Human Rights and the Moroccan Church

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Unlike many nations in the Middle East, there is no historic church in Morocco. There are Moroccan Jews and Moroccan Muslims, but no official Moroccan Christians. The Church in Morocco remains an underground house church movement. Praise the Lord there are indeed Moroccan followers of Christ!

In August 2013 a Moroccan Christian, Mohamed El Baladi, was arrested and charged for proselytising and inducing Moroccan Muslims to convert to Christianity. With unusual speed, his case was taken to court a week later, with no legal representation secured for El Baladi , and he was sentenced to 2.5 yrs in prison and fined a large sum of money.

However, international public outcry and many people’s prayers resulted in El Baladi being released a month later from prison while he awaited his appeal court case in October. Interestingly, 11 Moroccan human rights lawyers turned up at the October appeal hearing. Human rights advocates say that his conviction and sentence violates the Universal Declaration of Human Rights. Human rights advocates were very public in their condemnation of El Baladi’s case, on radio and tv programs and in printed media.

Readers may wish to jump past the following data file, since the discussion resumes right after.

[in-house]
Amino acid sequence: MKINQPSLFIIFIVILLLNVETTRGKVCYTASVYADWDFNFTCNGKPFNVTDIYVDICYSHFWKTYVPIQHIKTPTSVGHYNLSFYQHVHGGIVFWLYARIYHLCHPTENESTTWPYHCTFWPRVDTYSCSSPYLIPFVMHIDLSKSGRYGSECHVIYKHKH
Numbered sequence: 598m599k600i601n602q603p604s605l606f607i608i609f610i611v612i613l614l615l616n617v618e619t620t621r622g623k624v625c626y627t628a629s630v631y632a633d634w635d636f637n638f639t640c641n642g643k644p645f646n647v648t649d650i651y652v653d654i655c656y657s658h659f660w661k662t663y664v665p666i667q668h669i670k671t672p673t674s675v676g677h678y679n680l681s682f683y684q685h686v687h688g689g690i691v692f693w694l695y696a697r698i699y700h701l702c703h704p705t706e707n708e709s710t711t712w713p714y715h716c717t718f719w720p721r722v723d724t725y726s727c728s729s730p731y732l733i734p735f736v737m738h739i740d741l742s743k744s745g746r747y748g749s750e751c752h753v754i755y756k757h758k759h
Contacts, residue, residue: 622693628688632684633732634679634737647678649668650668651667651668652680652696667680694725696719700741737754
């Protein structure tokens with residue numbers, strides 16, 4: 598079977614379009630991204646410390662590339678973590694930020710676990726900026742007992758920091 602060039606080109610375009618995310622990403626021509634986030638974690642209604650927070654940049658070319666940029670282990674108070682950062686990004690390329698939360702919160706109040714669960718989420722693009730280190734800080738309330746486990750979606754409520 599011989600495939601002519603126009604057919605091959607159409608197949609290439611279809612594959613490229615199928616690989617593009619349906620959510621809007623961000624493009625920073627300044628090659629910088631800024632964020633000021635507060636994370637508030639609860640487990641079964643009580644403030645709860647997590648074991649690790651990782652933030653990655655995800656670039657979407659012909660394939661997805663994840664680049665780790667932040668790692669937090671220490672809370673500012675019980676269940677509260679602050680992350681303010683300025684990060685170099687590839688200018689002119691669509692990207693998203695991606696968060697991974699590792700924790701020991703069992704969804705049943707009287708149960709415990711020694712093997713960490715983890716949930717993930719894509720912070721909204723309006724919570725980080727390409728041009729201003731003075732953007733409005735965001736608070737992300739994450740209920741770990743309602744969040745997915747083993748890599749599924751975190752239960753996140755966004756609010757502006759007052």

Todd Daniels, International Christian Concern’s Middle East regional manager believes

the effective pressure from the human rights lawyers shows the importance of monitoring religious freedom: “The Moroccan government is sensitive about their international reputation, and so when they see that imprisoning someone simply because of their faith produces a response among the international media and draws government attention, it encourages them to allow for greater religious freedoms.”

But its more than just international intervention. I think its “a sign of the times” that Moroccan people (human rights advocates and lawyers included) are outspoken in their defence of Moroccans’ right to freedom of religion. Many Moroccans are pushing for greater freedoms. For the first time the Moroccan media has started referring to a “Christian minority” in Morocco. Is now the time for the Moroccan Church to start pushing for greater freedom? Can they ask for official recognition as Moroccan Christians?

How can we pray?

  • Let’s ask God to give the Church in Morocco wisdom, patience, perseverance, boldness, courage and discernment.

  • The outcome of El Baladi’s appeal case is expected on 6 February 2014. Let’s ask God for His intervention.

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